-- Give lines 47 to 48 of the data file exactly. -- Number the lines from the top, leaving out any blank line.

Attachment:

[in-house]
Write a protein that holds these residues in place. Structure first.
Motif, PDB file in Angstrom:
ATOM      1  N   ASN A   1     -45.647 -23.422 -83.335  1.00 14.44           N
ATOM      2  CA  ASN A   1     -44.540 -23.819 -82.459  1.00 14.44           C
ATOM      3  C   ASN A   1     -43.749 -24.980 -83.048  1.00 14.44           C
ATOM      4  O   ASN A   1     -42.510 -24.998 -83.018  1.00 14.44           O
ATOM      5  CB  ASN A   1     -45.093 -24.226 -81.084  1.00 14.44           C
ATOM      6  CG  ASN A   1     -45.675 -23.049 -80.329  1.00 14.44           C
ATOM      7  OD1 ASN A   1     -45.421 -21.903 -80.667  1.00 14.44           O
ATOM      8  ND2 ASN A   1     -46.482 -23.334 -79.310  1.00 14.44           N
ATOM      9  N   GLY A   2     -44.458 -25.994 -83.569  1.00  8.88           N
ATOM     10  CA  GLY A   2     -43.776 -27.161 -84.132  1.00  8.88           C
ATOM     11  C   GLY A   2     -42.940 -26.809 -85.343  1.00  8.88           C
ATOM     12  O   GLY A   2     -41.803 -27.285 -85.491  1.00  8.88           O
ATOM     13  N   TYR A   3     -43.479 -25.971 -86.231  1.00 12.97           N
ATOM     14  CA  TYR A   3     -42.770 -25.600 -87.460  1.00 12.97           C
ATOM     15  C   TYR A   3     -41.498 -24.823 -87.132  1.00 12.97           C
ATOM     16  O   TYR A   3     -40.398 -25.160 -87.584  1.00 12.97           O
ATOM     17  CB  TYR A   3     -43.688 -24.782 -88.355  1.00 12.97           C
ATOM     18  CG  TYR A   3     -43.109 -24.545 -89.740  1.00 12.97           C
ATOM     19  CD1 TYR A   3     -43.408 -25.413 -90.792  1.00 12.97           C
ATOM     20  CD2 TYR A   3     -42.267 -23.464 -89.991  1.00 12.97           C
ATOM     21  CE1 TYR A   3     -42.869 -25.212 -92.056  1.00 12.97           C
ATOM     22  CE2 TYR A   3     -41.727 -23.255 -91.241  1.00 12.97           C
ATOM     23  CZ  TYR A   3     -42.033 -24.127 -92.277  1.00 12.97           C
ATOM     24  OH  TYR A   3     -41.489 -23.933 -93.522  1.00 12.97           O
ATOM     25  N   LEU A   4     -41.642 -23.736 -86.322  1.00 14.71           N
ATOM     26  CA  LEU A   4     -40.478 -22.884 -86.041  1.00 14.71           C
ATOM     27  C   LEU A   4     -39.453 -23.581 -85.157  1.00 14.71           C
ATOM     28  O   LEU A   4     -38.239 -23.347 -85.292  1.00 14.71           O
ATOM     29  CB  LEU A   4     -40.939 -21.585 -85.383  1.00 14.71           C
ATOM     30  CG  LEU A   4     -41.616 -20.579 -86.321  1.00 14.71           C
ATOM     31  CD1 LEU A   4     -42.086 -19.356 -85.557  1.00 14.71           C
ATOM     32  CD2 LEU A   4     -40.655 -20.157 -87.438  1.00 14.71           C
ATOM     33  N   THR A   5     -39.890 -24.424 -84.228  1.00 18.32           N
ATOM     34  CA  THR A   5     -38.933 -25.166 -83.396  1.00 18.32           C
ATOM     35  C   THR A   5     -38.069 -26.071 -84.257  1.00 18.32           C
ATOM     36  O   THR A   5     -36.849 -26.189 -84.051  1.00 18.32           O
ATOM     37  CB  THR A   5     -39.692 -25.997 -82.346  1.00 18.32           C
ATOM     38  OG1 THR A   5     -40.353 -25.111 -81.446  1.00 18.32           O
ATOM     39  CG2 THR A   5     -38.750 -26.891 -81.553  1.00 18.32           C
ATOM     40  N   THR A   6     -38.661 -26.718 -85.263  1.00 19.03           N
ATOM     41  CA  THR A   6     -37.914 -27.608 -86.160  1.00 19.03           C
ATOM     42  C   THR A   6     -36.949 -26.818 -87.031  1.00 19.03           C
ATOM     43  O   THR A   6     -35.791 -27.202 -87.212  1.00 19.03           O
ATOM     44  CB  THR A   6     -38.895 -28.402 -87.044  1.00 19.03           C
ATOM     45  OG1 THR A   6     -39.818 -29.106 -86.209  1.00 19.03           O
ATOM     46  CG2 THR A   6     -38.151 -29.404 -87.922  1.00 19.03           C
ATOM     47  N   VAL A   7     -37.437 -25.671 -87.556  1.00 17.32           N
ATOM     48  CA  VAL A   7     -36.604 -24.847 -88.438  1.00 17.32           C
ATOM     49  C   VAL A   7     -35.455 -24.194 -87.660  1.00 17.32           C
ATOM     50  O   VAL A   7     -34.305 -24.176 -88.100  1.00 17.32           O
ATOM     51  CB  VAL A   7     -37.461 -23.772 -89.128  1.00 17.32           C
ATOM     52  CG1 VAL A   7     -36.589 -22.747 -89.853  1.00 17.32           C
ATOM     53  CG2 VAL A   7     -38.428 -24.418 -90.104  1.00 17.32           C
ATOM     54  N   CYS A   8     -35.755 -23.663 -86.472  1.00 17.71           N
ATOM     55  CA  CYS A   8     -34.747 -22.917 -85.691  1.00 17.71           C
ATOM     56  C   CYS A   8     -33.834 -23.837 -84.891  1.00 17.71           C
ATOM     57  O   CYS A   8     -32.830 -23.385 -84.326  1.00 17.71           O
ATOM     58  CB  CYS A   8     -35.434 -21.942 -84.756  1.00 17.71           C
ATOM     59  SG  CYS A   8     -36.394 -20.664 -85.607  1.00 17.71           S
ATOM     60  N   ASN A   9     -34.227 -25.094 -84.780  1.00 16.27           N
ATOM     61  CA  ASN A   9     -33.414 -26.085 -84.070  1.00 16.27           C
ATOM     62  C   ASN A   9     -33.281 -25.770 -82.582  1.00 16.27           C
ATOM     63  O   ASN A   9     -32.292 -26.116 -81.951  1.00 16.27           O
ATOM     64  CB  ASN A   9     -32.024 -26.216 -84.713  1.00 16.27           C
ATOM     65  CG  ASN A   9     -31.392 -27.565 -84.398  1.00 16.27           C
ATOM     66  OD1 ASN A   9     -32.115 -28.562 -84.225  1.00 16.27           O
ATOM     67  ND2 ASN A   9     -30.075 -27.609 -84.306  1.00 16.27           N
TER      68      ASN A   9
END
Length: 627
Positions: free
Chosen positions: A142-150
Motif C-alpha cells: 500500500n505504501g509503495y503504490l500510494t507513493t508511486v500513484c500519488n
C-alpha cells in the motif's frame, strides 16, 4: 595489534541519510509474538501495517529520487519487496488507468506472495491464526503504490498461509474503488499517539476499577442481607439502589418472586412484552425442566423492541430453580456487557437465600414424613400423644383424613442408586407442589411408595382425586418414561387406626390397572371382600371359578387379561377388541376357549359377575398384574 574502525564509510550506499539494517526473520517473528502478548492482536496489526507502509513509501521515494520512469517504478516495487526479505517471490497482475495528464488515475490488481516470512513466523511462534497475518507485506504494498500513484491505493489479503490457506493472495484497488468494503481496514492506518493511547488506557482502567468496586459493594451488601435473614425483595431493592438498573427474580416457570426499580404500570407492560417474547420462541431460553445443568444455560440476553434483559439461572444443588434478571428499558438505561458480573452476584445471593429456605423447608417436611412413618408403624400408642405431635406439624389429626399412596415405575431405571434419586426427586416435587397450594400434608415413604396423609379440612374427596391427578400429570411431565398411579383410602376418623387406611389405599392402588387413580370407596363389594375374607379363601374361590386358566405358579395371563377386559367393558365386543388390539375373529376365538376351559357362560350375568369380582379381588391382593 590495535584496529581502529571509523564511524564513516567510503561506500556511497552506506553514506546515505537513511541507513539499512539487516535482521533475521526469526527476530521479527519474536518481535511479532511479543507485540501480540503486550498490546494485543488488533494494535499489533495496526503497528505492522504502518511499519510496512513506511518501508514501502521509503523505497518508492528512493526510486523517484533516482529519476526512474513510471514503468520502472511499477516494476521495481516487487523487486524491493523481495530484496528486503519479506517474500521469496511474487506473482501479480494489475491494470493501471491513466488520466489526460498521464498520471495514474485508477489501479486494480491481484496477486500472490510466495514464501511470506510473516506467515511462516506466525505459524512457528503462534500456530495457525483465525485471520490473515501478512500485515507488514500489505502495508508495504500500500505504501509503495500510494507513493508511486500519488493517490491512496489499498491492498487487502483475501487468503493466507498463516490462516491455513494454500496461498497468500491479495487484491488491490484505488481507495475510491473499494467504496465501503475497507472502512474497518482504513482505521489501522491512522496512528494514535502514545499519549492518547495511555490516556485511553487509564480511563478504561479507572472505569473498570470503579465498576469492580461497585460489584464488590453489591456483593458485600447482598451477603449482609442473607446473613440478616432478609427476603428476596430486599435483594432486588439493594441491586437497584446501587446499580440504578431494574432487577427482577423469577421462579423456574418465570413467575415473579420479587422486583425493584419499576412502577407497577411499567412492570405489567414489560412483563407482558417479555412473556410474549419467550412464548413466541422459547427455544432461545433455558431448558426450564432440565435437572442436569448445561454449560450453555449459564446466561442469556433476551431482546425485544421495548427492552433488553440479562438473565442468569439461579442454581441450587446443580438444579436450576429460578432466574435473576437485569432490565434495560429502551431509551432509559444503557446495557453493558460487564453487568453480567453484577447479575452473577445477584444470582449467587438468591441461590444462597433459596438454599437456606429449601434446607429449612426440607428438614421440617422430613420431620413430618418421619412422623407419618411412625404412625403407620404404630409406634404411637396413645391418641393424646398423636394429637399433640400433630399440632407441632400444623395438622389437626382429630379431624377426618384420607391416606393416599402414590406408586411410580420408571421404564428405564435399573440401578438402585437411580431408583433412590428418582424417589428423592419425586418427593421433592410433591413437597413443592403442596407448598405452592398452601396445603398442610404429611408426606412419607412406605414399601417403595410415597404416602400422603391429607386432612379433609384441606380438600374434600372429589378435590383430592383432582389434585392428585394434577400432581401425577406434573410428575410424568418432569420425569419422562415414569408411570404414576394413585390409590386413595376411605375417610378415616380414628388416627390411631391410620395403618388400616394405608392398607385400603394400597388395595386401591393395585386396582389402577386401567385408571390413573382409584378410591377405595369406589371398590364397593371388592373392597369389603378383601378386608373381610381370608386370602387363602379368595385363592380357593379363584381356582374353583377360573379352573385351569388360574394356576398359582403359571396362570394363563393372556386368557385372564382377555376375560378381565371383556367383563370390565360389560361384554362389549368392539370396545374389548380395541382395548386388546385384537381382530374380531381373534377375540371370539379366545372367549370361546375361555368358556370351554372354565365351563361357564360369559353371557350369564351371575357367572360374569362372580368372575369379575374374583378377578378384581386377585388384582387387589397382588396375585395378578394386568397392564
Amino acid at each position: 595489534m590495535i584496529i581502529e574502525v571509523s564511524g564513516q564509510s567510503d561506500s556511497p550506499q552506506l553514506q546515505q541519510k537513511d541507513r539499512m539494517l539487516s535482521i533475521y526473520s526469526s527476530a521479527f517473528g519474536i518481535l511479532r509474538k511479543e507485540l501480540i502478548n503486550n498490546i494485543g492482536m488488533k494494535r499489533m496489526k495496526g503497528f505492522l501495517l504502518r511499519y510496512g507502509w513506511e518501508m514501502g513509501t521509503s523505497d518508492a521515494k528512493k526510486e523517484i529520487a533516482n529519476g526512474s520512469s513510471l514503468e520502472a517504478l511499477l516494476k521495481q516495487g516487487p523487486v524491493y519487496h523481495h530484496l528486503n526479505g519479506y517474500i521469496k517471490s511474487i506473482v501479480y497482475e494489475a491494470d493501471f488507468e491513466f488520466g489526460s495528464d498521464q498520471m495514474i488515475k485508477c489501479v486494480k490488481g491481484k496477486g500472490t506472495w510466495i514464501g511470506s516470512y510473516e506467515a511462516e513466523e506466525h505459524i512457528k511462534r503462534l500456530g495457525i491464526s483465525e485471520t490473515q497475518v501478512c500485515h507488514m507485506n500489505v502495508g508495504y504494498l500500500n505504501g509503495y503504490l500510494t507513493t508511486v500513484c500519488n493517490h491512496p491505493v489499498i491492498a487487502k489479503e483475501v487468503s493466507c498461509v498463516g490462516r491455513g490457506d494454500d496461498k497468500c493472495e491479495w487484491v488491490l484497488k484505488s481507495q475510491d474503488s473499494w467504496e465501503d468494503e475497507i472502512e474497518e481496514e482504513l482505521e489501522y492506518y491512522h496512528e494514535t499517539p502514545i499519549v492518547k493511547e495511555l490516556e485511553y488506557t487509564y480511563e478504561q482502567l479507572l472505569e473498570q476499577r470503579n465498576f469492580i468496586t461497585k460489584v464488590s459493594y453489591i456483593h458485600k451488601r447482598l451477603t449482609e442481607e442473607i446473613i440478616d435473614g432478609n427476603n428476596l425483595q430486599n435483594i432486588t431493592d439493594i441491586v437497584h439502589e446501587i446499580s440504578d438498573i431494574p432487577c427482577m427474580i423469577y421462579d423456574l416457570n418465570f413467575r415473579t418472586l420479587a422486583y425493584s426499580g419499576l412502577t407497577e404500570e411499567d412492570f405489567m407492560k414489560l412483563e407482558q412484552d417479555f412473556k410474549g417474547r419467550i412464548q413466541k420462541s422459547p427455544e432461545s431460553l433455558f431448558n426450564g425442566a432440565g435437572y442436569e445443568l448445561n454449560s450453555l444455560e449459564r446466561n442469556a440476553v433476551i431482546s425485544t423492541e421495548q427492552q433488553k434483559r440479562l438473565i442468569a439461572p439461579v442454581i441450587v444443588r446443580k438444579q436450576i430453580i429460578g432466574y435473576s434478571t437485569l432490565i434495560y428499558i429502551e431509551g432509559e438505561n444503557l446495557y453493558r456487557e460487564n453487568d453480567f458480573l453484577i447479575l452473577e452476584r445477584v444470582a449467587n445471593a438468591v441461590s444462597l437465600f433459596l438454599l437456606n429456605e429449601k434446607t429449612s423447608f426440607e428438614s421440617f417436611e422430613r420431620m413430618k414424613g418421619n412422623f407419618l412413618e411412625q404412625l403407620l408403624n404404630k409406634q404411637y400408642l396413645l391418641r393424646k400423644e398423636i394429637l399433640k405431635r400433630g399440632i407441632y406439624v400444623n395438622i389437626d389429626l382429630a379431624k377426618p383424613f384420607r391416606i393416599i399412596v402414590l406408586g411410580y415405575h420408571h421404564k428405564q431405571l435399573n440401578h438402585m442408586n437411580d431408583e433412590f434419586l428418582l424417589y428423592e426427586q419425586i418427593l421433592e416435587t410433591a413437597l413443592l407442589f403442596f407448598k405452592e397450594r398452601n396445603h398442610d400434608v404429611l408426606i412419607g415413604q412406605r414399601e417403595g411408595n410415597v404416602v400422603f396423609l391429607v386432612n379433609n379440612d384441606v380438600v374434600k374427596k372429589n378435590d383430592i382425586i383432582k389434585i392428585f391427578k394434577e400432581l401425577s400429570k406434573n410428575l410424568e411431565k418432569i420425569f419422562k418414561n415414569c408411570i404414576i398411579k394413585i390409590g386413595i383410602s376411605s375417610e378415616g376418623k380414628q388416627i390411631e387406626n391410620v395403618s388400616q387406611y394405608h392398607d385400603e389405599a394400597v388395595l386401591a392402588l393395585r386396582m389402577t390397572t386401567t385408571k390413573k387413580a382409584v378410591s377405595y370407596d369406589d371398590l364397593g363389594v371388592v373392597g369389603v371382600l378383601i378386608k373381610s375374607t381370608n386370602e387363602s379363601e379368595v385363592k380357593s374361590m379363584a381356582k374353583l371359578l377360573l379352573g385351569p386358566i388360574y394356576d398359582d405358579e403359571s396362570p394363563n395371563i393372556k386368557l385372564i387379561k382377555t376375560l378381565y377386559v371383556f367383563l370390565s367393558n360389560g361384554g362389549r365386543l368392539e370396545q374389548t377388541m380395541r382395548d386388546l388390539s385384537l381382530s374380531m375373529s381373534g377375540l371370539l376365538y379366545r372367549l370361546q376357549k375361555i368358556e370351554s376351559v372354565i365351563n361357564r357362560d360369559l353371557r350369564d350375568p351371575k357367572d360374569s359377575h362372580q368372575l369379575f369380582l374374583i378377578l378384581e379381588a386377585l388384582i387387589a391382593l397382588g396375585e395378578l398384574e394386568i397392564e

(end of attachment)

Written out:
ATOM     44  CB  THR A   6     -38.895 -28.402 -87.044  1.00 19.03           C
ATOM     45  OG1 THR A   6     -39.818 -29.106 -86.209  1.00 19.03           O